Results and discussion
Cost factors. The contribution of the cost factors to the cost of growing cotton lint in Kenya during the study period is given in Fig. 1. The four biggest cost items are weeding (we), harvesting (ha), ploughing (plo) and pesticides (pes). Ploughing and harrowing are land preparation, their combined contribution being 23%, making land preparation the largest cost component in the Kenyan cotton-growing industry.
The cost factors for the three cotton-growing regions in Kenya are given in Fig. 2. From the yields, illustrated in Fig. 3, it can be inferred that the eastern/central region is comparatively better at optimizing cost factors to generate higher yields. The western region has low costs, but with low cotton yield, whereas the coastal region features as a highly variable average performer, when compared with the two other regions.
Prediction of cotton yield. Table 1 gives the performance of the cotton yield prediction ANN model. The optimum ANN has 12 neurons and can predict cotton yield with a favourable error (RMSE) of 0.204 kg/ha. The regression correlation coefficient between the predicted and actual yield is 0.945. This deems the model to be a reliable tool for the purposes that have been discussed.
We acknowledge financial assistance from the University Research Fund of Moi University, Eldoret, Kenya, and the China Scholarship Council, Beijing.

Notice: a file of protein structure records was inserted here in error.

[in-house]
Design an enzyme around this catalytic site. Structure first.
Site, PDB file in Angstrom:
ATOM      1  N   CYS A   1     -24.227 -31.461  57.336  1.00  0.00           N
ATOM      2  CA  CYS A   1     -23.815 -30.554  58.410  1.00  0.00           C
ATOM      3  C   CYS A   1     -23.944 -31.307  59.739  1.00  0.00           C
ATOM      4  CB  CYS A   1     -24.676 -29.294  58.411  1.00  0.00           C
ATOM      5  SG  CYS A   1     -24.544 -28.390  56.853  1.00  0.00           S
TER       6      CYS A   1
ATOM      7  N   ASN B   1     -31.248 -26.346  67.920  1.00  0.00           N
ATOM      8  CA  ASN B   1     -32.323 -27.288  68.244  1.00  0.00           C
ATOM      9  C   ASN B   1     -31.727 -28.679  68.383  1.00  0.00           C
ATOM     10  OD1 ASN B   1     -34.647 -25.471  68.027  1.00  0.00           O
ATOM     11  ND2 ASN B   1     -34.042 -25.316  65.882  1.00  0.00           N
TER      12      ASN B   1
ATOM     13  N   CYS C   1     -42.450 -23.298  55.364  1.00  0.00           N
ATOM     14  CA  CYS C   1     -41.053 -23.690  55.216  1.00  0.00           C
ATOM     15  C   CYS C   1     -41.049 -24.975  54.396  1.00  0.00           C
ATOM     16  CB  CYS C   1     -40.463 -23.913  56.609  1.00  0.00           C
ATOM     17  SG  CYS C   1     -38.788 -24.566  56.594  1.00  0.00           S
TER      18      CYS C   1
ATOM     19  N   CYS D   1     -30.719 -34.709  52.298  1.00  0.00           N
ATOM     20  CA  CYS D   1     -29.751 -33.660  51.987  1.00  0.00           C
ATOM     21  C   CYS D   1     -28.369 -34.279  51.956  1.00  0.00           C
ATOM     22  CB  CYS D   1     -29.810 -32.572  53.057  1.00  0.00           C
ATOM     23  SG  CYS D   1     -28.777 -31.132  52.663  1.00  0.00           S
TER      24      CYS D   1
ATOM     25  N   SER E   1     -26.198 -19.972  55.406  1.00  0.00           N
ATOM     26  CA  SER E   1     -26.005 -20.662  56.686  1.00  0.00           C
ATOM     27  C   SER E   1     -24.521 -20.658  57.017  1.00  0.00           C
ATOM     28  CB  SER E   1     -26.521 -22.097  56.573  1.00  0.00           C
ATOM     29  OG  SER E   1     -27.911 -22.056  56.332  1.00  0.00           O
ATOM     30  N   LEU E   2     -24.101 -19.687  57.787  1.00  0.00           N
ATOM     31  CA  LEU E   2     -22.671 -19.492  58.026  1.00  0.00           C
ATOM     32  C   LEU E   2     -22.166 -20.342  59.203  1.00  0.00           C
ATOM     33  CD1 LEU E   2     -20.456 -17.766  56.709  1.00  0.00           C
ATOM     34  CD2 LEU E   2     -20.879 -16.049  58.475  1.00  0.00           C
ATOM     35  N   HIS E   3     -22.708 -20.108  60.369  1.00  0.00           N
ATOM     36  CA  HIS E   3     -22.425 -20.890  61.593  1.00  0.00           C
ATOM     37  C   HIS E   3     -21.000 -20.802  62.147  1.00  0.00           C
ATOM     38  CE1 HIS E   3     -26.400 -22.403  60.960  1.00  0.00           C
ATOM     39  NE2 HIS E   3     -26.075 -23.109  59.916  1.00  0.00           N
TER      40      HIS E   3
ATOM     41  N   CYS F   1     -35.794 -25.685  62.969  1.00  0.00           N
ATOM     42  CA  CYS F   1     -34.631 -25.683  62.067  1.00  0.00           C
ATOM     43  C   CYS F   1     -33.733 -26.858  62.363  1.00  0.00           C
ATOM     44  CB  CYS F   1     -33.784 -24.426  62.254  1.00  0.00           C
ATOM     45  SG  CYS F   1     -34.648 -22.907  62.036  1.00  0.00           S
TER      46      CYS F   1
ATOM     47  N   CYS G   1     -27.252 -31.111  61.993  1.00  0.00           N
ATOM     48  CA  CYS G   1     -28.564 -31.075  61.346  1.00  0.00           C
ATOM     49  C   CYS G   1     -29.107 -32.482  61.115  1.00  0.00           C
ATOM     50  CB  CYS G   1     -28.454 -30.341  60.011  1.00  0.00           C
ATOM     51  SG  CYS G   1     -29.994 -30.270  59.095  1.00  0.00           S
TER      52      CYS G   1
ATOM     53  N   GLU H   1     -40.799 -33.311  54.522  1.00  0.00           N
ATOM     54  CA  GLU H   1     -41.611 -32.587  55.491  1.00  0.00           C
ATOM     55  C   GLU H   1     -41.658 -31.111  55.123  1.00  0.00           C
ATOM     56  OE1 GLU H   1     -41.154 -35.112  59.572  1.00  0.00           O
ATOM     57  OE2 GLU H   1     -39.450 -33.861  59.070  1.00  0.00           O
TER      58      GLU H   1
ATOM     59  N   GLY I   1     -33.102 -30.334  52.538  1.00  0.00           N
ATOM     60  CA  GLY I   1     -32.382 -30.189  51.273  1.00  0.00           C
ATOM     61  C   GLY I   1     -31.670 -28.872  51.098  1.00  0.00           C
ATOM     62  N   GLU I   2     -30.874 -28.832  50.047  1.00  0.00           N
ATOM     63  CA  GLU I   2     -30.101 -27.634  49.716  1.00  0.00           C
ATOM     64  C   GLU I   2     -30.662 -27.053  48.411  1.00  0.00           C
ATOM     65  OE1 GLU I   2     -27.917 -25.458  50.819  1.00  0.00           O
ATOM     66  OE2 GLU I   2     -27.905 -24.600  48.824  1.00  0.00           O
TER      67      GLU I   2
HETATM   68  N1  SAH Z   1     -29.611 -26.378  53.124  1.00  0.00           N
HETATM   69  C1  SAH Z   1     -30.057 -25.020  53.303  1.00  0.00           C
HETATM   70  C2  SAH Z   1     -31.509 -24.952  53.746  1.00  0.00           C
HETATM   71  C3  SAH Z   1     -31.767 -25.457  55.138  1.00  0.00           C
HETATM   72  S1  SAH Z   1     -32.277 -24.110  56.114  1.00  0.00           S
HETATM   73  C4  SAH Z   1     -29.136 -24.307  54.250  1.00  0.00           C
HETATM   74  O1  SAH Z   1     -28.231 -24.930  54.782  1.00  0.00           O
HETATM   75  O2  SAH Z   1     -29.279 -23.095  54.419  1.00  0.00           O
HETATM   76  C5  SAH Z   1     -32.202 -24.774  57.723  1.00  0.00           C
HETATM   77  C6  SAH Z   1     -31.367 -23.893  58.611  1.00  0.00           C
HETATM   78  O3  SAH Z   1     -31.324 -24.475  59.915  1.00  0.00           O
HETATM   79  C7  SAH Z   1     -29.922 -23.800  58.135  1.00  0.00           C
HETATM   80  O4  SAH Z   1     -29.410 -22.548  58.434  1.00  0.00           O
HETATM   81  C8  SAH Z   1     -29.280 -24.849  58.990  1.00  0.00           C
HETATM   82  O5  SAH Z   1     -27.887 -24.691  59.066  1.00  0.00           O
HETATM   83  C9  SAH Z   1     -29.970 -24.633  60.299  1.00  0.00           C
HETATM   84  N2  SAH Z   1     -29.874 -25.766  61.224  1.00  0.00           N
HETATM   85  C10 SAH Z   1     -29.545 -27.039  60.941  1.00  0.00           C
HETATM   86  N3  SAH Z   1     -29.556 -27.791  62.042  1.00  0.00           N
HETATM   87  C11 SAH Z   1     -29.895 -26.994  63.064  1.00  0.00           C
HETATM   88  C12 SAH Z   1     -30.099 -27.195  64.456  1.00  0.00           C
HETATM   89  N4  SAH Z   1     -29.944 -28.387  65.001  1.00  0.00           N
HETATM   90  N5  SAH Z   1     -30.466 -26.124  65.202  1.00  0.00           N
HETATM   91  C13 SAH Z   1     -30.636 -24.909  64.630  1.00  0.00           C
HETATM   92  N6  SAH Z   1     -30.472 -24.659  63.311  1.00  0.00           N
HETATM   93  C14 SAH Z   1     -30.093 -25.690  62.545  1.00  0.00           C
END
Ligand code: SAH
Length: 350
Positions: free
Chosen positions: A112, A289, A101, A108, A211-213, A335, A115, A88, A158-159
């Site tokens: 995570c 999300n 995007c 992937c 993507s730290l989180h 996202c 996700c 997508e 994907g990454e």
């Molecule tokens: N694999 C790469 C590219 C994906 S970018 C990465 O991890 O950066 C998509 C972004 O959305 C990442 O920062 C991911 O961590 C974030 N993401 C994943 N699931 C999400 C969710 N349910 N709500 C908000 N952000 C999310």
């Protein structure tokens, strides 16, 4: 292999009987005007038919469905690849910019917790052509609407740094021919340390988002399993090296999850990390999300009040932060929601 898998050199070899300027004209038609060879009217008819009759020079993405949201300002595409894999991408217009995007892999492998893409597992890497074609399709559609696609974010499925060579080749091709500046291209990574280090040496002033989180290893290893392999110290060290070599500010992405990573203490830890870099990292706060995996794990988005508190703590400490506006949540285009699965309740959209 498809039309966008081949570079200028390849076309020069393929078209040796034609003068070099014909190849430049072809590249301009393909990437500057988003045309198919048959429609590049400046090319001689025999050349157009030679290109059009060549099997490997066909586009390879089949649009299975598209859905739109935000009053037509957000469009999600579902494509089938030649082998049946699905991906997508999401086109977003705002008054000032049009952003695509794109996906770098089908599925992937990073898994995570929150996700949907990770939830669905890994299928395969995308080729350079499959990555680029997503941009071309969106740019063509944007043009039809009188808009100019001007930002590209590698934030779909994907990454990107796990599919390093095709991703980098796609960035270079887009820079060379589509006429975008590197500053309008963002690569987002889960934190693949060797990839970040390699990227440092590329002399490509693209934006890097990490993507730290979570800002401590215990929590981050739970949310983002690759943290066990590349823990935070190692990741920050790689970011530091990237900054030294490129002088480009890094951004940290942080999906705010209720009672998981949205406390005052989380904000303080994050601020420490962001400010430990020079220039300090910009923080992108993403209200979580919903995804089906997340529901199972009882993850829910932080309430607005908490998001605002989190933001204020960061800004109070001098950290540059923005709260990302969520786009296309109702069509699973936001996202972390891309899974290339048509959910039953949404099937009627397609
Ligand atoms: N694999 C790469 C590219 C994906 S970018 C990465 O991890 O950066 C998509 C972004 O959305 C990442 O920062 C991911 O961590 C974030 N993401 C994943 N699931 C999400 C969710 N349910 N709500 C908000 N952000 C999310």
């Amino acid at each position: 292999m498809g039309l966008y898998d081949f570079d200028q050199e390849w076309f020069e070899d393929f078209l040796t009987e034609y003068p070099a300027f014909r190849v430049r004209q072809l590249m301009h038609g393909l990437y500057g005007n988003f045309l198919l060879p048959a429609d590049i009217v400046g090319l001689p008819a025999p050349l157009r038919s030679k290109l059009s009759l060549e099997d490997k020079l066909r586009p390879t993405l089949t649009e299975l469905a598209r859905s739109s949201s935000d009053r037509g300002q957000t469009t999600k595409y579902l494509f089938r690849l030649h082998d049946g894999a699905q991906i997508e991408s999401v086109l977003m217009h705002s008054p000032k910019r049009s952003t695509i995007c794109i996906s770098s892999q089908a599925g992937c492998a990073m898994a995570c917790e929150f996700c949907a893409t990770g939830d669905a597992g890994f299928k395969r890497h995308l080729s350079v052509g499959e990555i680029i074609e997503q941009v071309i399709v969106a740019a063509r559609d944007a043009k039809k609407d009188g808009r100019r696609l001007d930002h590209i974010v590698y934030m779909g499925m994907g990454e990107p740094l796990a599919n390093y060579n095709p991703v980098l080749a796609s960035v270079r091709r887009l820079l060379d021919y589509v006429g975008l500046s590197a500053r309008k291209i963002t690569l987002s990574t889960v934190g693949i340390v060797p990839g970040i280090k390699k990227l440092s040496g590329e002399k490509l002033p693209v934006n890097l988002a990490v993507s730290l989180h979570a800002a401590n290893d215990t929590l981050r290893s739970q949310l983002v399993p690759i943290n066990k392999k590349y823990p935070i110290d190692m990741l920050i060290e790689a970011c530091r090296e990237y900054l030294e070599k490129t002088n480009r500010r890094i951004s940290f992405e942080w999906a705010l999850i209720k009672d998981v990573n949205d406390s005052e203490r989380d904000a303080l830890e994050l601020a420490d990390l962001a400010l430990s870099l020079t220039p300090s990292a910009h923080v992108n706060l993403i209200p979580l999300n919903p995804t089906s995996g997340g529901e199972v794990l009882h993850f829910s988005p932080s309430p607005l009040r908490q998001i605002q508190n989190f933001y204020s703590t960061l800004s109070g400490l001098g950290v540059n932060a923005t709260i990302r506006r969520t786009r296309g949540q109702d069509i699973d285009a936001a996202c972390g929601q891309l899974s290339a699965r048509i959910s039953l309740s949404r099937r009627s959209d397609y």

1. Bradow J.M., Bauer P.J., Hinojosa O. and Sassen-rath-Cole G. (1997). Quantitation of cotton fibre-quality variations arising from boll and plant growth environments. Eur. J. Agron. 6, 191204. [ Links ]
2. Gillen N.P. (2004). The responsibility of governments for the enforcement of arbitral awards; Cotton: Review of the world situation. ICAC 58(2), 1415. [ Links ]
3. Rico M.R. (2002). Impact of low prices on production practices and fiber quality A farmer's perspective. In Proc. 61st ICAC, Cairo, pp. 37. [ Links ]
4. Read J.J, Reddy K.R. and Jenkins J.N. (2006). Yield and fiber quality of upland cotton as influenced by nitrogen and potassium nutrition. Eur. J. Agron. 24, 282290. [ Links ]
5. Dadari S.A. and Kuchinda N.C. (2004). Evaluation of some pre-and post-emergence weed control measures on rain-fed cotton (Gossypium hirsutum L) in Nigerian savannah. Crop Protection 23, 457461. [ Links ]
6. Silvie P., Deguine J.P, Nibouche S. Michel B. and Vaissayre M. (2001). Potential of threshold-based interventions for cotton pest control by small farmers in West Africa. Crop Protection 20, 297301. [ Links ]
7. Bastiaanssen W.G.M. and Ali S. (2003). A new crop yield forecasting model based on satellite measurements applied across the Indus Basin. Agric. Ecosyst. Environ. 94, 321340. [ Links ]
8. Dalezios N.R., Domenikiotis C., Loukas A., Tzortzios S.T. and Kalaitzidis C. (2001). Cotton yield estimation based on NOAA/AVHkR produced NDVI. Phys. Chem. Earth (B) 26(3), 247251. [ Links ]
9. Ham F.M. and Kostanic I. (2003). In Principles of Neurocomputing for Science & Engineering, pp. 132136. China Machine Press, Beijing. [ Links ]
10. Demuth H., Beale M. and Hagan M. (2005). Neural Network Toolbox User Guide, version 4, chap. 5, pp. 5963. The MathWorks Inc., Natick, MA. [ Links ]